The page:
23. It may not have air bags and a padded dash, but it DOES have cup holders. What else do you need? Maybe/possibly Trump and his EPA are now starting to look at the insanity of the CAFE standards, and at least getting rid of the California exemption. It’s a start.

    • ….Maybe he’ll rescind enough of the BS to make these street-legal! But of course, after the trade tariffs take effect, these things’ll end up costing as much as a real Jeep! (Not that a real Jeep is a real Jeep anymore…they’re Chryslers now…)

      I love the idea of these things- the Roxor…. but after having seen some Mahindra tractors, I kinda think even $15K would be too much for one of these. (They tend to use good old bulletproof designs for their mechanicals- but with varying degrees of quality of manufacture and often poor assembly quality. The electrical systems are the worst. Seen people buy brand new tractors and have electrical issues from practically day one….and Mahindra’s warranties are virtually worthless….)

      I wonder if the Chinese hava version of this? Their stuff appears to be getting better.

      • Where did you get such specious premises? Even Rush Limbaugh likes Mahindra tractors well enough to have them as a sponsor.

        • Yeah, I’d like them too if they gave me lots of money! I’ve seen a few people locally who have there tractors. Yeah, they SEEM pretty sturdy, as the mechanicals are clones of tried-and-true good old designs, which is great…but in practice, a lot of the bolt-on stuff is really cheap Chineesium or Indian junk, and the electrical systems are nightmares.

          People buy ’em thinking “I’ll have a brand new tractor, so I won’t have to mess with all the li’l piddling things always going wrong on my old tractor”- but they end up wishing for their old tractors back in very short order.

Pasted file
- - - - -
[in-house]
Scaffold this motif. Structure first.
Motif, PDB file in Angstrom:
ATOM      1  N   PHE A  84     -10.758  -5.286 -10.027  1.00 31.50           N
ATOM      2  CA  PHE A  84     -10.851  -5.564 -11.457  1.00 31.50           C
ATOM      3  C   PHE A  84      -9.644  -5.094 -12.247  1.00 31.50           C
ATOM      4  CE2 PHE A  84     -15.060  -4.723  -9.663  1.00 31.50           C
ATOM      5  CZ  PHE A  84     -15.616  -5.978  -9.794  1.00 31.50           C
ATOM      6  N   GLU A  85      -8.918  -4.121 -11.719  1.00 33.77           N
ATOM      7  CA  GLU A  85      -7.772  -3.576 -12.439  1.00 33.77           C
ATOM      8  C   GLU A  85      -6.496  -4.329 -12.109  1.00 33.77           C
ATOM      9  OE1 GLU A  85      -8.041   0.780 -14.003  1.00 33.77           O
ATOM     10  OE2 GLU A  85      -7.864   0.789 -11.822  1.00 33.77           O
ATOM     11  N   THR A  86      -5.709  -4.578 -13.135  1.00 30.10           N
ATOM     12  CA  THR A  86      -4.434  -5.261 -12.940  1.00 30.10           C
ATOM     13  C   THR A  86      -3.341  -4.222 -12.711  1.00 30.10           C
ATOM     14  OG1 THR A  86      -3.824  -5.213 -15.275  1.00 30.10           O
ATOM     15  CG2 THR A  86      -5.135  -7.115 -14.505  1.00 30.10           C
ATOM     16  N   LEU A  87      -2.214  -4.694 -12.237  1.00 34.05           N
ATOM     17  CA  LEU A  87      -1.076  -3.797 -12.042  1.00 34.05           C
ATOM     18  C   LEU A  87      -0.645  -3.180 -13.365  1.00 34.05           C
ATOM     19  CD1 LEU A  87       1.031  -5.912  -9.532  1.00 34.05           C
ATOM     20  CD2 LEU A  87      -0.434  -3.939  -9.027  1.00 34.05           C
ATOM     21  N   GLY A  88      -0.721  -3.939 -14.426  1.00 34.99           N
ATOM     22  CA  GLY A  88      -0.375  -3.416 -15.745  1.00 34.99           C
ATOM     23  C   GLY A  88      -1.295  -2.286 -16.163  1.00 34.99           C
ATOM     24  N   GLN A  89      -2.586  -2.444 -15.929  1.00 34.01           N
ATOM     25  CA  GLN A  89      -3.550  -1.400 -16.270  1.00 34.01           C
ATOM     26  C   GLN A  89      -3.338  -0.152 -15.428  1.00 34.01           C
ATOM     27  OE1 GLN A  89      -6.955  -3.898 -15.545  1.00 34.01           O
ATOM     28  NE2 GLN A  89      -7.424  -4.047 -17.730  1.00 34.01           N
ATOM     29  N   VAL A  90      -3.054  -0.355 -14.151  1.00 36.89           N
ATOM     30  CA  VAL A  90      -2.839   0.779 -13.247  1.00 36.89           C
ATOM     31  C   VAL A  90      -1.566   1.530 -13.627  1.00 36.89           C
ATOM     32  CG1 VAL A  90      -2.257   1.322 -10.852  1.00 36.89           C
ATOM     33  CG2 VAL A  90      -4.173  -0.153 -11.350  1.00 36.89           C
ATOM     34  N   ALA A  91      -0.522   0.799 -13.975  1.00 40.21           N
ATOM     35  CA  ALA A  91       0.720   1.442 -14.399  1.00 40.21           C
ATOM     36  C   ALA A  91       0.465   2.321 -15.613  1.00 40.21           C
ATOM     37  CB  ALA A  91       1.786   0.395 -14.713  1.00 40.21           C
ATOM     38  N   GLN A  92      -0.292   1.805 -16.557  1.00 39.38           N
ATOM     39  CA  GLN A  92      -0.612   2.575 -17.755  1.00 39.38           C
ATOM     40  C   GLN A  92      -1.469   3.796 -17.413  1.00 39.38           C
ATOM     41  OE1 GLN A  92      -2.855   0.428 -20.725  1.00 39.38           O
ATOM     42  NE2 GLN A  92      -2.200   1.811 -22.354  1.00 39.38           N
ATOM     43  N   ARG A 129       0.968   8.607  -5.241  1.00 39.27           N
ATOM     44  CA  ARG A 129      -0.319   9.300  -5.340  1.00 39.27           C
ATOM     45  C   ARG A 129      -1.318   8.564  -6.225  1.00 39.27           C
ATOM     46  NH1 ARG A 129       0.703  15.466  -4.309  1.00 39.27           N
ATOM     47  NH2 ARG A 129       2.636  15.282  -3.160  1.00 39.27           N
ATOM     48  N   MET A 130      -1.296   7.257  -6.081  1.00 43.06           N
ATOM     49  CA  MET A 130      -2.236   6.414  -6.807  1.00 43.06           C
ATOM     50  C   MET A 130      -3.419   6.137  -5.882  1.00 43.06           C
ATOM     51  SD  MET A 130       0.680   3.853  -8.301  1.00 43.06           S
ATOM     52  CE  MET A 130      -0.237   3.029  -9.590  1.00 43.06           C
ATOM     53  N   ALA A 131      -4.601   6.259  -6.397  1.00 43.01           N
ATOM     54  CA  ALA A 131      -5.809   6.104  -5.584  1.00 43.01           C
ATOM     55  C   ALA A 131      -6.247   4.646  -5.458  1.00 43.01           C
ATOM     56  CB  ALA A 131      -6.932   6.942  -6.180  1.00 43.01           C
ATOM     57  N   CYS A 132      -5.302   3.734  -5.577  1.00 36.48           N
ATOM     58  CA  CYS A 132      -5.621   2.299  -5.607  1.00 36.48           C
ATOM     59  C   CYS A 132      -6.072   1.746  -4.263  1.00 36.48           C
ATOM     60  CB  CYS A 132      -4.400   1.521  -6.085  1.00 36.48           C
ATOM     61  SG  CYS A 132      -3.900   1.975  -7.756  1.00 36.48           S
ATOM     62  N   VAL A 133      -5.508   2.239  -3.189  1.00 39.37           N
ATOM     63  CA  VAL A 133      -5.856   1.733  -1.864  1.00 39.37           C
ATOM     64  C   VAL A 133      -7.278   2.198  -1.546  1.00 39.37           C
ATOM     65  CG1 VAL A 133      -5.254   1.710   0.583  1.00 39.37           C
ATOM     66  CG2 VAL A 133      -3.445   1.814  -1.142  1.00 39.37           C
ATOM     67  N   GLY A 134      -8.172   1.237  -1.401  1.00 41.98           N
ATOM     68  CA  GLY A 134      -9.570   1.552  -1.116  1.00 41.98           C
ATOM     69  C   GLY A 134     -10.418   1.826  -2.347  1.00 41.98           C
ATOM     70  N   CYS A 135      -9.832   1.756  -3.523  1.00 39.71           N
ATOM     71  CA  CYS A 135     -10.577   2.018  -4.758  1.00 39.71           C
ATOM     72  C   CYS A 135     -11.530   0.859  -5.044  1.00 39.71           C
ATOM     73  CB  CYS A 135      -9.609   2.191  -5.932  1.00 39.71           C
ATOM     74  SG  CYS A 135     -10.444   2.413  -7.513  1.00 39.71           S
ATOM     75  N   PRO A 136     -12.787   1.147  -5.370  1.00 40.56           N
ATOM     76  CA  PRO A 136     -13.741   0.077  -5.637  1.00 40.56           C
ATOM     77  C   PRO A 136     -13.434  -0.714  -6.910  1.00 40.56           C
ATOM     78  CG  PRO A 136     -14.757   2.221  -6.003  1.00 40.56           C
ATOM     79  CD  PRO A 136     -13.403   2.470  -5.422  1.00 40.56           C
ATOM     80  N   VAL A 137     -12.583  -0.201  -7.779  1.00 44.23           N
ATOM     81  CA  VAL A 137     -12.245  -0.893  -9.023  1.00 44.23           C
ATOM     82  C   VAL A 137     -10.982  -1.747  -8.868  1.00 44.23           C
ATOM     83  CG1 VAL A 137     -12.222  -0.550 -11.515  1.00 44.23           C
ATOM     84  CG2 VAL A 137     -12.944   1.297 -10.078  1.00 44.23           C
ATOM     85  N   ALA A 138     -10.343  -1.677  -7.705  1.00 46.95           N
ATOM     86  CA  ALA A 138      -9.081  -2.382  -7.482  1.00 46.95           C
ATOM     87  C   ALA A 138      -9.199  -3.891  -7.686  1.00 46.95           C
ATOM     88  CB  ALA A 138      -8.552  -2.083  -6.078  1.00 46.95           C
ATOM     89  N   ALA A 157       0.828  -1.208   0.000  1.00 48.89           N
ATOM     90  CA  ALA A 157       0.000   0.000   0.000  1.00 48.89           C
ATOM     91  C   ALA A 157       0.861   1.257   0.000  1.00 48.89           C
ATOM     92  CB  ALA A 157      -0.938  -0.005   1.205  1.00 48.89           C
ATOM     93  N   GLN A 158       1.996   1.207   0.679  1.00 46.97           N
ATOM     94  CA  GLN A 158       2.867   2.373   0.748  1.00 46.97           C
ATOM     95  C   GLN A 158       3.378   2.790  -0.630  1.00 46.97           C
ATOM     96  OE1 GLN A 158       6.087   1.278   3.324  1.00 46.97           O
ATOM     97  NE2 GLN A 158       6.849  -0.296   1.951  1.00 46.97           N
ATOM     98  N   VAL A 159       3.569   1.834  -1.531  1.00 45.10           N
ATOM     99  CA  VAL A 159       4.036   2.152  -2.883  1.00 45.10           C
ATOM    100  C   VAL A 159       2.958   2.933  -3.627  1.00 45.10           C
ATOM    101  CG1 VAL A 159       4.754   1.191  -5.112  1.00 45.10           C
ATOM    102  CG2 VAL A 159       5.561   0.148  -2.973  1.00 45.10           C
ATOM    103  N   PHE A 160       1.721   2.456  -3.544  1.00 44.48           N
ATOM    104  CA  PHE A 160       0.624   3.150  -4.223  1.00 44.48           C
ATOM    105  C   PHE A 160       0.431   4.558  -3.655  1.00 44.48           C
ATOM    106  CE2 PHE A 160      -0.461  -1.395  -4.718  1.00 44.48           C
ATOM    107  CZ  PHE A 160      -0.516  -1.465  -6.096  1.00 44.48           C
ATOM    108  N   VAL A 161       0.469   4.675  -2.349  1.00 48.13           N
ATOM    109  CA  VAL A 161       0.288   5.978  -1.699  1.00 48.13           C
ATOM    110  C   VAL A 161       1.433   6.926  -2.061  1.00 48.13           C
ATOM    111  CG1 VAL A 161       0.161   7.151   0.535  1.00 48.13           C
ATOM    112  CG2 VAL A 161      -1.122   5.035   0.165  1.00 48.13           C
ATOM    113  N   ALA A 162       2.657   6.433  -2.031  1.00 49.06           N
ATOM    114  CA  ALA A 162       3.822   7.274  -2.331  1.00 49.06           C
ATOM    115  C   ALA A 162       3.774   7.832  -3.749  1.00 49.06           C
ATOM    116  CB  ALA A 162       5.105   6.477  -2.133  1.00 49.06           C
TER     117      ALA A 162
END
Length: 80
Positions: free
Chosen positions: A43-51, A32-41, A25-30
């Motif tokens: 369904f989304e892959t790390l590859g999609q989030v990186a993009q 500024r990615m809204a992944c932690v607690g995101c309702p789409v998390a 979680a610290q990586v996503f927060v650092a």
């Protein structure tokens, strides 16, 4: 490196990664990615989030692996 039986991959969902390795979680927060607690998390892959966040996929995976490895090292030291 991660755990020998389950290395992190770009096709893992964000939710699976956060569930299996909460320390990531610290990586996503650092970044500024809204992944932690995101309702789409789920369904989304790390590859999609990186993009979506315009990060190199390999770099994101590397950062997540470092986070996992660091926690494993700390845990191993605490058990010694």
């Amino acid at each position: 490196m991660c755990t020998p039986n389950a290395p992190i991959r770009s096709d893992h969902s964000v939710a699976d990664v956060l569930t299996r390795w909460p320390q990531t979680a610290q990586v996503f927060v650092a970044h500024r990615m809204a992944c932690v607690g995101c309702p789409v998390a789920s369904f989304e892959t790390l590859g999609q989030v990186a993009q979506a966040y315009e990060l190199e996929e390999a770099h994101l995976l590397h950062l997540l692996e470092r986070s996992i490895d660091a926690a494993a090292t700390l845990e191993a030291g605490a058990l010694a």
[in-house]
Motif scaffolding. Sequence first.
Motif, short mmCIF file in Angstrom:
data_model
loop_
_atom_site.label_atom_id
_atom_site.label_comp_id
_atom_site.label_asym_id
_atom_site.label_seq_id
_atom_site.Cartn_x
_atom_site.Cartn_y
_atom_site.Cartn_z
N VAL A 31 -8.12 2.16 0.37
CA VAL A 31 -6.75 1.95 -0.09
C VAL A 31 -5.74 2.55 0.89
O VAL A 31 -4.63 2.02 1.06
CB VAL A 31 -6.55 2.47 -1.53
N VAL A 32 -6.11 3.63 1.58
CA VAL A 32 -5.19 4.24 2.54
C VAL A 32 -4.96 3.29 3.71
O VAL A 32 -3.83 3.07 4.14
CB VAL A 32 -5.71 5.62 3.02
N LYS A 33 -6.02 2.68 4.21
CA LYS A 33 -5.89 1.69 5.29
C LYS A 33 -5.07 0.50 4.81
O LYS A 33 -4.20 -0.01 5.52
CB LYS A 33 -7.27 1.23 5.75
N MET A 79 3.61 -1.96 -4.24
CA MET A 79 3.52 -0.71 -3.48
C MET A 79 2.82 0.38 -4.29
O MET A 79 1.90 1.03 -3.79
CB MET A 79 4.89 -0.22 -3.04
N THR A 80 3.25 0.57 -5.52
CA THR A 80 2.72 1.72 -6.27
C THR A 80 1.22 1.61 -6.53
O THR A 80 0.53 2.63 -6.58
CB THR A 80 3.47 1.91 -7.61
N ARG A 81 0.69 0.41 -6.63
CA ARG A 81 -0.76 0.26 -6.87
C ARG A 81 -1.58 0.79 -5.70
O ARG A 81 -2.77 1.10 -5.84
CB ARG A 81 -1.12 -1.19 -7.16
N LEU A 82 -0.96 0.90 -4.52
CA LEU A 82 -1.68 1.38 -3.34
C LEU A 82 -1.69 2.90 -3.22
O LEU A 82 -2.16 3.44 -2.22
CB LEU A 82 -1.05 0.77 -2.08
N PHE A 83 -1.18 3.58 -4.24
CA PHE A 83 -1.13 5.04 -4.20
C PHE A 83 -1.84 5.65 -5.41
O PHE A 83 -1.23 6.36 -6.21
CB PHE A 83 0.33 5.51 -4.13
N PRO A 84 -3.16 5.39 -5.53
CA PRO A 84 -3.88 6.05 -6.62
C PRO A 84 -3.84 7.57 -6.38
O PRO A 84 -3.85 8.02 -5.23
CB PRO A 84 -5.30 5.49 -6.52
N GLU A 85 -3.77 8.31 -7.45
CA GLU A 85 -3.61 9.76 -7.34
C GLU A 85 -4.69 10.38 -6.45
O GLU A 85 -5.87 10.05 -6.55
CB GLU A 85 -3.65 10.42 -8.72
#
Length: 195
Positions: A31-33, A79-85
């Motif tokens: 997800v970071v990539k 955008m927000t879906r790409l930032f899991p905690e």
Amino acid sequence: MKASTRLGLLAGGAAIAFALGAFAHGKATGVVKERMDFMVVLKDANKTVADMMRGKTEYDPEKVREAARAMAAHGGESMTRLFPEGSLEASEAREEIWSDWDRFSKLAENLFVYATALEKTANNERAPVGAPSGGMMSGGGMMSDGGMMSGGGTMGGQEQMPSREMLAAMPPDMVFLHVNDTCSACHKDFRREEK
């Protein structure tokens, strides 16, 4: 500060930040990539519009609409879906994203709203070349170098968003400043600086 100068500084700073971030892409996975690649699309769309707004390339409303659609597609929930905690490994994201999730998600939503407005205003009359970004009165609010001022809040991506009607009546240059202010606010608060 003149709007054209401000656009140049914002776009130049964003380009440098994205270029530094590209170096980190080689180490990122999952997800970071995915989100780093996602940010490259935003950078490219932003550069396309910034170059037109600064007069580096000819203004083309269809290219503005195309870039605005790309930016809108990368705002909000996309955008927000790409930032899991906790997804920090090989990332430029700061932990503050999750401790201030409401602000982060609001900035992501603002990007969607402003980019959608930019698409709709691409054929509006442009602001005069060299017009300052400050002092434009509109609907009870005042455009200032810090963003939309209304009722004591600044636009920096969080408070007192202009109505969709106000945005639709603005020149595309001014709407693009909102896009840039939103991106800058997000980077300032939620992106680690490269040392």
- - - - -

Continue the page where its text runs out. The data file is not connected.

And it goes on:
You see a lot of almost new ones up for sale…they sit, and don’t sell, unless they are given away cheap. Gotta pay a “service fee” of a few hundred bucks every time they take ’em in for a warranty issue. Ends up being cheaper to do it themselves.

          So there they are, with a new tractor, and still fixing things… A lot of it isn’t entirely Mahindra’s fault though. Some is due to the “saaaaaaaaafety” regs, and all the crap they have to put on ’em to meet the regs- interlock switches and stuff.

          • Mahindra used to have a contract to make military equipment for uncle, if the price was right I would buy one( the Green paint is getting too expensive) Whats the deal with New Holland , people around here that used to go Green now have the Blues and there is a lot of them , the only thing more popular are the Kubotas for the small timers .( I hate the plastic on the John Deeres its ultra expensive to replace( thats why there are so many “Hoodless” John Deere riding mowers around here{thought about starting a cottage industry making decent gauge steel replacement hoods for John Deere Riders- wouldn’t be that hard to fab a nice looking Hood for your favorite JD Rider}
            One thing to remember about basically any tractor ,if you have a little mechanical savy you can keep em’ running( even the East Bloc stuff)

            • JD sure ain’t what it used to be. Between making cheese now, and the “you buy the tractor but only lease the software that runs it” thing, I’d say their days are number.

              I almost bought a nice old JD c. 45HP a few months ago…nice tractor, but the tranny was whacked.

              I could wish the Injun and Chinese brands were better… “American” brands, with their dinosaur marketing structure in which 10 different people get a mark-up, makes parts so expensive, I dunno who buys ’em. -Not that I’d be buying a brand new tractor anyway…but DAYUM!

              There’s been a guy on Craigslist here trying to sell a Zetor for the last 2 years….LOL.

  24. $100.00 an hour if you aren’t required to go to the stealership for service, where they charge somewhere between $200-250/hr (at least where I live) just to diagnose a potential problem.